Businesses still have time to comply with the new data protection regulations, but the opportunity to benefit from the change is rapidly diminishing
There’s little more than six months to go: The General Data Protection Act comes into force in the UK on May 25, 2018. And the signs are there’s still a lot to do to prepare. Even large businesses remain unclear about the new rules, according to a recent survey.
That could prove costly. Much has been said of the new penalties possible under the new regime: Up to 4% of global turnover or €20 million, whichever is greater, compared to a current maximum the ICO can fine of £500,000. It’s not just regulatory penalties that firms need to worry about, though.
They also need to consider legal action from individuals. Class actions over data breaches are not unusual in the US; in June US health insurer Anthem, agreed a record $115 million settlement over data breaches. Such actions are rare in the UK, but there are examples. GDPR could now open the floodgates. In Ireland, consultancy PwC has said it expects litigation to follow on quickly next May, with specialist legal firms already being set up to encourage claims.
“[We] could see another Personal Protection Insurance debacle emerging,” says the firm’s cyber leader.
The IT skills gap
If firms are to avoid problems, they’ve got a lot to do. Putting in place mechanisms and processes to comply with requirements such as mandatory notification of breaches and “the right to be forgotten” will be a challenge for some organisations.
Neither is it helped by the fact many organisations face a shortage of skills. Businesses worldwide are looking to recruit at least 28,000 data protection officers as a result of GDPR and, more widely, the International Information System Security Certification Consortium has predicted a shortfall of 350,000 cyber workers across Europe by 2022.
With just months to go, there’s a lot of work to ensure compliance and surprisingly few workers to see it done.
Making GDPR work for your business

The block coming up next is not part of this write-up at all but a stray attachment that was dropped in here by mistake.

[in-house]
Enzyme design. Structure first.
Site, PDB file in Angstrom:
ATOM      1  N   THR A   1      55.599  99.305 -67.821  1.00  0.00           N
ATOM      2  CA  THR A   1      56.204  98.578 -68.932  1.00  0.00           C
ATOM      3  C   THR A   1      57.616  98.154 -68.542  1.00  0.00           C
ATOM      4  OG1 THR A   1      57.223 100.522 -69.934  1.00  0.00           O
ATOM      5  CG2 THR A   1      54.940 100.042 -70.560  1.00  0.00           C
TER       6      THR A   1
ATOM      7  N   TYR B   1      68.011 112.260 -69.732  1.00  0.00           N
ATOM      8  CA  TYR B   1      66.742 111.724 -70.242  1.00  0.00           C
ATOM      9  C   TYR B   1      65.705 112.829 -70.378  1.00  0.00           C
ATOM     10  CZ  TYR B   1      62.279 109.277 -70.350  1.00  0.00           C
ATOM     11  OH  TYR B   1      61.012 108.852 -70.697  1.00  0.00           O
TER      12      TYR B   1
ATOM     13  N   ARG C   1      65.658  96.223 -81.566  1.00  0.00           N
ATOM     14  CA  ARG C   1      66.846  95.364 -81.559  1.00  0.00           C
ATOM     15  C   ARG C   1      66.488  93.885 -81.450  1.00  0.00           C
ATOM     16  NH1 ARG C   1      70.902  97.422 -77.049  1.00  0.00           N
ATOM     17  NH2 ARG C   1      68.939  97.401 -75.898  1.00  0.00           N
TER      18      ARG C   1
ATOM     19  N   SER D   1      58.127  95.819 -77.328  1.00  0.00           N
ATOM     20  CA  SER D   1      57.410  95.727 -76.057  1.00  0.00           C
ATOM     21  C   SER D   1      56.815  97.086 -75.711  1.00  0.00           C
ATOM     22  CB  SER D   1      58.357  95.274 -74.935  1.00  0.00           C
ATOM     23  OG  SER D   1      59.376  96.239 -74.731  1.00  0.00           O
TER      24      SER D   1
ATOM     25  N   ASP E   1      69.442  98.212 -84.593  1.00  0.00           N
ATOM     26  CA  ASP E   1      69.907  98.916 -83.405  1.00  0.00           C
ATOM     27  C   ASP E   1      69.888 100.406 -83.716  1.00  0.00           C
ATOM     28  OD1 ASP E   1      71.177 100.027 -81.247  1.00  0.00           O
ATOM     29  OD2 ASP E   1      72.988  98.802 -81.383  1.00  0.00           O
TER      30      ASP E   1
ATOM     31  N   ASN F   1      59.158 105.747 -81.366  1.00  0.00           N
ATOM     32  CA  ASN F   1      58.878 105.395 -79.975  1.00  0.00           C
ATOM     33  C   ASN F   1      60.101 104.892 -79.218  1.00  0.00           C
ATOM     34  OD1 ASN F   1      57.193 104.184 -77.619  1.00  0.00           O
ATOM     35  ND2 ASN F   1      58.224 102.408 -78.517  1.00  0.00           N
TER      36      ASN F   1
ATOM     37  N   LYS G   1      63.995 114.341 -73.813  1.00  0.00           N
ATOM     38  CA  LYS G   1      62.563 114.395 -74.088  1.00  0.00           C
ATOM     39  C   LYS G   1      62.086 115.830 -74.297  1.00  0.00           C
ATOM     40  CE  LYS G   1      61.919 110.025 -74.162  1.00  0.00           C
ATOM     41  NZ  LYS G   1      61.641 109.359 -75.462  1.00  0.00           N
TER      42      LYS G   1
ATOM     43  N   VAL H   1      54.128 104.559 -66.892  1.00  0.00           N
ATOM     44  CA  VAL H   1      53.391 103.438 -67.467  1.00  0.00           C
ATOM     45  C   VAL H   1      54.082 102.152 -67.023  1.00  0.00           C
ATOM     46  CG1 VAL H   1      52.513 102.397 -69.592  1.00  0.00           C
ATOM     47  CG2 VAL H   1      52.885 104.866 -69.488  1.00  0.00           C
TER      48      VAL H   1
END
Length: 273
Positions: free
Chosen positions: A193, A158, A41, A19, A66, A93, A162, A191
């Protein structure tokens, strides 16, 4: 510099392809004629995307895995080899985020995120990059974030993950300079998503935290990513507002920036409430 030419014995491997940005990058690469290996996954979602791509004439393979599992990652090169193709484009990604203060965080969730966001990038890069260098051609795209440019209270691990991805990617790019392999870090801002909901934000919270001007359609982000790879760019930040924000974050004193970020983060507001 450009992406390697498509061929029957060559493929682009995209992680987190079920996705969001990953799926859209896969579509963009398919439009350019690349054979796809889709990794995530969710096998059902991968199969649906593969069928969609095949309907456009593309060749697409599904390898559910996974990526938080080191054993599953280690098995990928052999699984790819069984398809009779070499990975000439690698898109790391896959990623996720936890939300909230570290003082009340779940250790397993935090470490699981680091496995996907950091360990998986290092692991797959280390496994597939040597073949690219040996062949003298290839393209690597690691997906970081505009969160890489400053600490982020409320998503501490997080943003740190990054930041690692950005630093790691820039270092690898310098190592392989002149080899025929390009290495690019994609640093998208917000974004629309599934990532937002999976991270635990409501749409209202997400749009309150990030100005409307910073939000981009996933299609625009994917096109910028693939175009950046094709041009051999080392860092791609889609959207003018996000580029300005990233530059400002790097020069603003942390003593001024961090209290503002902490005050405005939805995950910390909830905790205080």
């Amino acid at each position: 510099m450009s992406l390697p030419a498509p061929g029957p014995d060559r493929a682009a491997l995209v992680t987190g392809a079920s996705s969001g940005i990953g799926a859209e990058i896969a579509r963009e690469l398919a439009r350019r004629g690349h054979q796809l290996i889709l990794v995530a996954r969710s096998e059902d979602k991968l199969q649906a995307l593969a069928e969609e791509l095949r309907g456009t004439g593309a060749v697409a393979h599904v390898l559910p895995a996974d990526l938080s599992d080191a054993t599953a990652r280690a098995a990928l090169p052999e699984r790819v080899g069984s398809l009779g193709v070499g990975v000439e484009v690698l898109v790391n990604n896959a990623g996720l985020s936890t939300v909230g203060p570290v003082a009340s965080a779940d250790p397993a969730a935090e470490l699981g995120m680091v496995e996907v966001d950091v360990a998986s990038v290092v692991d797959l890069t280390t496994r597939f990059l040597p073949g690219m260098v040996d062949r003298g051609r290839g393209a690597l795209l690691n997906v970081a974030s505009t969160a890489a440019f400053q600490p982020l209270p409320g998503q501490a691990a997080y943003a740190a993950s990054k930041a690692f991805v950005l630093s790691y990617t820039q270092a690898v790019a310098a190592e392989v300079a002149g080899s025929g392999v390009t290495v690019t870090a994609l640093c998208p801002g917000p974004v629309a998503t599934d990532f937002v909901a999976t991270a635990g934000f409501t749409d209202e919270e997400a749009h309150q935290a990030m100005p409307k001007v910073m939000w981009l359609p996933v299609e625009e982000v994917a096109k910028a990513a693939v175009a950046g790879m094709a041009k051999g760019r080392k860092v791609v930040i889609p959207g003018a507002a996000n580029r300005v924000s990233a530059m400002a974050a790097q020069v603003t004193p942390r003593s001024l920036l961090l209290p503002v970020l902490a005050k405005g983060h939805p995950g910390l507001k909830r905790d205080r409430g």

But there’s an opportunity from GDPR as well, and this will almost certainly be missed if businesses are left rushing just to just meet the minimum requirements.
First, preparing for GDPR more or less necessitates a review of data security. That in itself provides an excellent opportunity to review the processes, procedures and technology in place. This will not only mitigate the risk of penalties for inadequacies the regulator picks up, but actually reduce the actual likelihood of a data breach – a potentially costly and damaging event for a business’s reputation even if the regulator deems it wasn’t at fault.
More widely, GDPR requires organisations to take stock of their data: not just how it’s protection, but how it’s collected, where it’s stored and how it’s handled. Without this, they cannot hope to ensure it is treated in accordance with individuals’ wishes. This gives businesses the opportunity to really clean up their act: removing duplicates, deleting unnecessary data, connecting related information and breaking down the silos of data within the organisation.
If businesses do that, they could find that as well as easing the effort of compliance, they also unlock the value hidden in their data. Like everything else, though, it requires work and will take time.
And if businesses want to benefit, they need to remember that the clock is ticking.